The hydrogen bus Solaris Urbino 12 hydrogen is continuing its European tour. After tests held in Polish, German and Italian cities the vehicle has now been presented in Vienna. Wiener Linien, one of the biggest public transport operators in Europe, has added the hydrogen Solaris bus today to its fleet where it is going to stay until 12 June.
The latest product of Solaris has met with huge interest among customers. Since its première in June last year Solaris has been awarded orders from the Netherlands, Germany, and Italy for 57 buses in total. The first vehicles will make it to Bolzano, Cologne and Wuppertal by the end of this year.
“With the test drives of the hydrogen-powered bus Solaris Urbino 12 hydrogen, the operator Wiener Linien has once again proven it leads the way towards an even more environment-friendly future of public transport. We are very pleased that, with Solaris, we have a Europe-wide renowned industry expert on board for this milestone that is hugely important to us all. Together we will promote further development of hydrogen buses as the requirements for vehicles in regular service in Vienna are tremendous“, says Günter Steinbauer, the CEO of Wiener Linien.
“Vienna is a pioneer of e-mobility in public transport and one of the first European capitals to have introduced electric buses to regular service. Wiener Linien continuously invests in emission-free solutions. I am therefore extremely happy to present today our Solaris Urbino 12 hydrogen bus in Vienna“, says Petros Spinaris, Vice-President of Solaris Bus & Coach S.A.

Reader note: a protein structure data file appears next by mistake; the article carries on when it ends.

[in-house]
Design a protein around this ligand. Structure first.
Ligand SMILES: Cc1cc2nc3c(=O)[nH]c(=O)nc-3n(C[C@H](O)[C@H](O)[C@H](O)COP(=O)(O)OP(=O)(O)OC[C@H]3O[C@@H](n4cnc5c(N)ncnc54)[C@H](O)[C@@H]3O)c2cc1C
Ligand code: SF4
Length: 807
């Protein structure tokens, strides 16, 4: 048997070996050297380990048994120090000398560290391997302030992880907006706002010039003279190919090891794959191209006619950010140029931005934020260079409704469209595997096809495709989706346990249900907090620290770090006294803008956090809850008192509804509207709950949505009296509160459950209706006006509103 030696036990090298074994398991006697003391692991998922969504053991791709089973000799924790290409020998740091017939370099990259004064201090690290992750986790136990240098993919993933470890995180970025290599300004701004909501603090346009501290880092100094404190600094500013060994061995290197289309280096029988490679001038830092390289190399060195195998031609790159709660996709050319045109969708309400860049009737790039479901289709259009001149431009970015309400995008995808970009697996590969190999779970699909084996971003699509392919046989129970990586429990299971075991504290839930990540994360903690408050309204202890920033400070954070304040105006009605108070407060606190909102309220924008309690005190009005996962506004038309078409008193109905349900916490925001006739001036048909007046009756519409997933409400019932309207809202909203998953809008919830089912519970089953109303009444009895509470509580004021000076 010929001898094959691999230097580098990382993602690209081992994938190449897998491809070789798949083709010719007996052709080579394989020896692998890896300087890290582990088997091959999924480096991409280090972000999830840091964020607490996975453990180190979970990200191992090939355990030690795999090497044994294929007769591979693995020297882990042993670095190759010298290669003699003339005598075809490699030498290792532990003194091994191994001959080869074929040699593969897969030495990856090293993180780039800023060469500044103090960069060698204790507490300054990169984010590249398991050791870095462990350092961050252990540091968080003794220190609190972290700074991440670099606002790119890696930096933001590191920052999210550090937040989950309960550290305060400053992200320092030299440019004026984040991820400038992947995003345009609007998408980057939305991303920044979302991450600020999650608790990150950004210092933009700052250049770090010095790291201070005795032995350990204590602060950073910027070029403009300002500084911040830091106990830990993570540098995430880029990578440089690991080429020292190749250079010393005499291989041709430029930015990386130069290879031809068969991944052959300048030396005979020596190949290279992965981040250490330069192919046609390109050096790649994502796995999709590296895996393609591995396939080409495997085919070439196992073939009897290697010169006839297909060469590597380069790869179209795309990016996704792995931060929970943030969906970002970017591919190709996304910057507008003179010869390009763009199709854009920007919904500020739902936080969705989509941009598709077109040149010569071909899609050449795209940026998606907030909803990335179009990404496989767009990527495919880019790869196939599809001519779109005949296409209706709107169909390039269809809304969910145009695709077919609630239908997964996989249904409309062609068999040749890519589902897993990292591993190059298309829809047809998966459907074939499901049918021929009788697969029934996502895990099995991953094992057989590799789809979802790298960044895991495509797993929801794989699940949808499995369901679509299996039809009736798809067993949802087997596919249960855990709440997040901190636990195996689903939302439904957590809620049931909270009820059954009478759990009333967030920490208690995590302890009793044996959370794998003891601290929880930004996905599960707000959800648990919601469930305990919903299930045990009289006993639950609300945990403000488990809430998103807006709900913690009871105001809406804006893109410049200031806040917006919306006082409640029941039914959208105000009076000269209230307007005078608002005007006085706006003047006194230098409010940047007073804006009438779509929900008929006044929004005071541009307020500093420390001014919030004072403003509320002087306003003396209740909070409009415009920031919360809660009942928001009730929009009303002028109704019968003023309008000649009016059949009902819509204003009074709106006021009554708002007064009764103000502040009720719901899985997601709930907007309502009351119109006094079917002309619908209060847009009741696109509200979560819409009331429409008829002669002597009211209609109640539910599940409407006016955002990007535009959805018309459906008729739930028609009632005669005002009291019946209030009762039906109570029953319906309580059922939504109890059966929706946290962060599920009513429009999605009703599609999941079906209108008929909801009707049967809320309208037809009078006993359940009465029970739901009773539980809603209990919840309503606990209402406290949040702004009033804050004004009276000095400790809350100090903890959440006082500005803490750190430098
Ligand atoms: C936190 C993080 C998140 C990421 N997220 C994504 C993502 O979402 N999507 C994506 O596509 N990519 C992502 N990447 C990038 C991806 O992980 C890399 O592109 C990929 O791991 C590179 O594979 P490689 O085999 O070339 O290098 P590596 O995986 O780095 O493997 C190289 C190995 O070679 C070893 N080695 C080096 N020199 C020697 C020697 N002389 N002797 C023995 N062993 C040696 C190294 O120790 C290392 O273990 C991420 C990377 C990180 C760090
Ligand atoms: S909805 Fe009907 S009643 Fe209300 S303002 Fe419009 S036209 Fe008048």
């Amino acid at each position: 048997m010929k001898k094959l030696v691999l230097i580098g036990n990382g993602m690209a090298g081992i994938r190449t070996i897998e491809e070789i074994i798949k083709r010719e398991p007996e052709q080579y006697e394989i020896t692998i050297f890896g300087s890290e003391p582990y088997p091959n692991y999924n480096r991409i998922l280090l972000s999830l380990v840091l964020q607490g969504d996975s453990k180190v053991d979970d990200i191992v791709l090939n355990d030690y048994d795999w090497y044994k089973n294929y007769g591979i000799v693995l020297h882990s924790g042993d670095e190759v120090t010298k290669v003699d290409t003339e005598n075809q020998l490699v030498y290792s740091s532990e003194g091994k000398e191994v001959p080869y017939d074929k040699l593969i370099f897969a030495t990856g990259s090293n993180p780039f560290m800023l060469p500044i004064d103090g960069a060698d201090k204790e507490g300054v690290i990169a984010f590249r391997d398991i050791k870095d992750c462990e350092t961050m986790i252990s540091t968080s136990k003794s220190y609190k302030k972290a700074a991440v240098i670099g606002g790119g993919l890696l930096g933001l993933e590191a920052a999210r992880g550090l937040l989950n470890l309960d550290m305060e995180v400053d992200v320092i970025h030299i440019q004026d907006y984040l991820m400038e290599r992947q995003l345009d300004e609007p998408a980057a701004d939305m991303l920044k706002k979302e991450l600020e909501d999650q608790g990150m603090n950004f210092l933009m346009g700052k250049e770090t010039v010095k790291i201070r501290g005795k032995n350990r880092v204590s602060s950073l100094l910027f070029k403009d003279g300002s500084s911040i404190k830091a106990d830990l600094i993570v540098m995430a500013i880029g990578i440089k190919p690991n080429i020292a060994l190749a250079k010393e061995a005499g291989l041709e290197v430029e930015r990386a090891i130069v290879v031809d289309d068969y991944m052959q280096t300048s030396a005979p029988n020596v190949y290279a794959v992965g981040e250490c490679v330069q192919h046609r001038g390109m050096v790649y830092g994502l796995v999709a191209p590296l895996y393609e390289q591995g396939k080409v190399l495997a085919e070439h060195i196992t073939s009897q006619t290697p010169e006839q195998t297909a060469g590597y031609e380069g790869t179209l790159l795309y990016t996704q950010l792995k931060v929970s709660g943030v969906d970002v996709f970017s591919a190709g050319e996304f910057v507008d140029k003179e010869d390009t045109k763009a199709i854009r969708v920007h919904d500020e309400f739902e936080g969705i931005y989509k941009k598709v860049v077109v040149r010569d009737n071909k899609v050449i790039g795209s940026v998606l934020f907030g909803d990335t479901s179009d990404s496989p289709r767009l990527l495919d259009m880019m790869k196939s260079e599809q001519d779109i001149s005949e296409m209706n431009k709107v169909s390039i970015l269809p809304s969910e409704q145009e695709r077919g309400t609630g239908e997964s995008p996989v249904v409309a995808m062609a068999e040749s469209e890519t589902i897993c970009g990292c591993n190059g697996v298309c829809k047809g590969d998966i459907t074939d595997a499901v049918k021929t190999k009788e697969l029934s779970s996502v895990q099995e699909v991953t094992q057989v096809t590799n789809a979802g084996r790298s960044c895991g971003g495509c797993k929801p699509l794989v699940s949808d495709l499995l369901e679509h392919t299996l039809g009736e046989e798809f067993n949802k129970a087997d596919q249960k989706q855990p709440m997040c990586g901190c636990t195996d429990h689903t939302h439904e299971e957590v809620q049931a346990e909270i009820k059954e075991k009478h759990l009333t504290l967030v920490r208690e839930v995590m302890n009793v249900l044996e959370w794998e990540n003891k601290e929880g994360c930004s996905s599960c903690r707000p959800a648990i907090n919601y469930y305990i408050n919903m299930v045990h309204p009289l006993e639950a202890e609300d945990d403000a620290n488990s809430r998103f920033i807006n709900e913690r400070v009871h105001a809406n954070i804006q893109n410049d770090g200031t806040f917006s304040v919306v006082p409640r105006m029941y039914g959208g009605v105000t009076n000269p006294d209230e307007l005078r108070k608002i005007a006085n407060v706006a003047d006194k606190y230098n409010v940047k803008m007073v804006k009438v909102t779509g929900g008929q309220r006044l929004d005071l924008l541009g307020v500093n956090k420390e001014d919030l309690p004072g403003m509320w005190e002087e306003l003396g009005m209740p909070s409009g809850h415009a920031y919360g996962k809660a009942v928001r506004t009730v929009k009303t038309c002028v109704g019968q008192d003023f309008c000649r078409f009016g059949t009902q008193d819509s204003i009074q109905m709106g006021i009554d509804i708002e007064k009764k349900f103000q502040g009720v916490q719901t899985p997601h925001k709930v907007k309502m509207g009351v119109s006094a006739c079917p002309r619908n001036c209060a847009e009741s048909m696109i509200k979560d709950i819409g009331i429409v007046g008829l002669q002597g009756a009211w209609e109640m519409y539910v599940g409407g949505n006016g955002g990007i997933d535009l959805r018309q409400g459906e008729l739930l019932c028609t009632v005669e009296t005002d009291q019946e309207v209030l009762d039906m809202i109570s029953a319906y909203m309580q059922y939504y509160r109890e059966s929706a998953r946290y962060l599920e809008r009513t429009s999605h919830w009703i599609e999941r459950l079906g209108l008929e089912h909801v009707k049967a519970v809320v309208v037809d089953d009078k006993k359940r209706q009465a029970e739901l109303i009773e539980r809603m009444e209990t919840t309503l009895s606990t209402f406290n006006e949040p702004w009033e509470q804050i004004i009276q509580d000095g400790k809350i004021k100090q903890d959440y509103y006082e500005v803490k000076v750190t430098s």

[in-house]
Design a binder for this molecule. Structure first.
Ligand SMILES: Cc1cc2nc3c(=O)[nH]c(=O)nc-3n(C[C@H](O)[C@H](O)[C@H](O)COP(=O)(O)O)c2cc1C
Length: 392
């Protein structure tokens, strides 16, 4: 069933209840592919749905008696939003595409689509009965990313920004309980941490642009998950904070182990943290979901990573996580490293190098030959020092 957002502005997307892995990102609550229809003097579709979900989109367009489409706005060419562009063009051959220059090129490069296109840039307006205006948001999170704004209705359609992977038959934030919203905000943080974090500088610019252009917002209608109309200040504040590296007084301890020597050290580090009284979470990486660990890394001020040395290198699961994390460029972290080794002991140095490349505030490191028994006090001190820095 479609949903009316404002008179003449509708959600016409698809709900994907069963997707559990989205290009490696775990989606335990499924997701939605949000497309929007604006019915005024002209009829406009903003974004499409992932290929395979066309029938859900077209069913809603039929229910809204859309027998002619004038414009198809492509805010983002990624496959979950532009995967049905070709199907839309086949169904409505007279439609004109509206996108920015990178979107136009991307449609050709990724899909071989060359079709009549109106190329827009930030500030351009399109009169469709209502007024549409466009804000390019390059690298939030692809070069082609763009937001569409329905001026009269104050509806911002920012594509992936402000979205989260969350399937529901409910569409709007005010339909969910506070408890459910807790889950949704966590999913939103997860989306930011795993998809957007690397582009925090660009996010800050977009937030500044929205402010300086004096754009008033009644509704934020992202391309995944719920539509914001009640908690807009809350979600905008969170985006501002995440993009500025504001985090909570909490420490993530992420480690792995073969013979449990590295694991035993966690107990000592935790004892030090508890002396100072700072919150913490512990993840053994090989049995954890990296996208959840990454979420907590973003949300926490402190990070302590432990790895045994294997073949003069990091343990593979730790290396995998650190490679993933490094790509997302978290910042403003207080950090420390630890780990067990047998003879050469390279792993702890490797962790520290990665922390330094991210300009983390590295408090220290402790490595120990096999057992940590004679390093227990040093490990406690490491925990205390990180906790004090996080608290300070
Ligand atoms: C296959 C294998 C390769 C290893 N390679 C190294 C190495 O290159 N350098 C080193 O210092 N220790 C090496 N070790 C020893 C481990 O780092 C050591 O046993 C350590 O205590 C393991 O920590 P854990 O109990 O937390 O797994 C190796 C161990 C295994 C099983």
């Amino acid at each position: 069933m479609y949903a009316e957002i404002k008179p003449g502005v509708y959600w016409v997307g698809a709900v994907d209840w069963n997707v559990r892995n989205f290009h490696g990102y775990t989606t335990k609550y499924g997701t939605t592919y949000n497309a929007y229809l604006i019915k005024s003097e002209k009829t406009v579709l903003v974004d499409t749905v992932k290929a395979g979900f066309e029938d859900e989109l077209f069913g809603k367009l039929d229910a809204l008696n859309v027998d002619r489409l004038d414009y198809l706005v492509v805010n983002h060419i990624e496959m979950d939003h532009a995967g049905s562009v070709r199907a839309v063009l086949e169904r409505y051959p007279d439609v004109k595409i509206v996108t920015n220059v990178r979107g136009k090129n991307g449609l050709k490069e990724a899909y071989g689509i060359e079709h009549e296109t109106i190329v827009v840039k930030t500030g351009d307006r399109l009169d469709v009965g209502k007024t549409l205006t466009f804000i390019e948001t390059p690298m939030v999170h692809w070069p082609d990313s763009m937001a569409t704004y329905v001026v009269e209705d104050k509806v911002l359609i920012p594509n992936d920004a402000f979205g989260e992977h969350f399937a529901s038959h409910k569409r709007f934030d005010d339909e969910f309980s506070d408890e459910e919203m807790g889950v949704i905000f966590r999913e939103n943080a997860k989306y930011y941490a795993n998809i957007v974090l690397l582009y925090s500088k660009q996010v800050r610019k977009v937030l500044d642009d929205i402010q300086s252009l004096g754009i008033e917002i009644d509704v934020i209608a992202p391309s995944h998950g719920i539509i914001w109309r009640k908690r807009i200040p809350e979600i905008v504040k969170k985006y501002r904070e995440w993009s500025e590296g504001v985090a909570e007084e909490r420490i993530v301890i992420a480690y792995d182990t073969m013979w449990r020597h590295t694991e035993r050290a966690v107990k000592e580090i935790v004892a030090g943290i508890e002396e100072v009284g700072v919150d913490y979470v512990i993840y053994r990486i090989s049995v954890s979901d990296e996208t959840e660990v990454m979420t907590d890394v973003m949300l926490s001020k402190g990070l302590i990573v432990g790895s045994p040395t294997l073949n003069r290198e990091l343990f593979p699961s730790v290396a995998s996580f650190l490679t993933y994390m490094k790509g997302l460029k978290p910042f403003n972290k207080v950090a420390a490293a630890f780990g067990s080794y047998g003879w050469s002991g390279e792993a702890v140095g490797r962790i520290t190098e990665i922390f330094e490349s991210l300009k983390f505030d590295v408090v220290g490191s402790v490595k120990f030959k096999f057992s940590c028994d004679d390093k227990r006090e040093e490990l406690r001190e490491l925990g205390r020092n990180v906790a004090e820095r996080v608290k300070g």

Many European cities strive to make their municipal transport as environmentally friendly as possible. Solaris embraces these customer expectations, adding hydrogen-fuelled buses to its low and zero-emission vehicle portfolio. The sole “by-products” generated during the operation of the Solaris Urbino 12 hydrogen are heat and steam, which renders this bus one of the most ecological vehicles available on the market.
The technologically advanced Solaris Urbino 12 hydrogen buses use a set of fuel cells with a power of 70 kW. The hydrogen is stored in gaseous form in five new-generation tanks mounted on the bus roof. The set of type 4 composite tanks (of the latest generation available on the market), placed longitudinally above the first axle of the vehicle, has a total volume of 1560 litres.
The energy needed to power the bus is produced in the fuel cell that is supplied with hydrogen stored in the roof-mounted tanks. That hydrogen is turned into electricity, which, in turn, is feeding directly the bus driveline which consists of an axle with electric engines. The bus is also fitted with a Solaris High Power battery acting as an additional electric power storage facility. The sole by-products generated during the operation of the Solaris Urbino 12 hydrogen are heat and steam. Consequently, the vehicles do not generate any noxious substances whatsoever.
Solaris has been present in Austria since 2003 and over that time it has delivered nearly 400 buses to 40 cities there. Every day 53 of these are cruising the streets of Vienna and its outskirts, including on special lines transporting passengers to the biggest Austrian airport.
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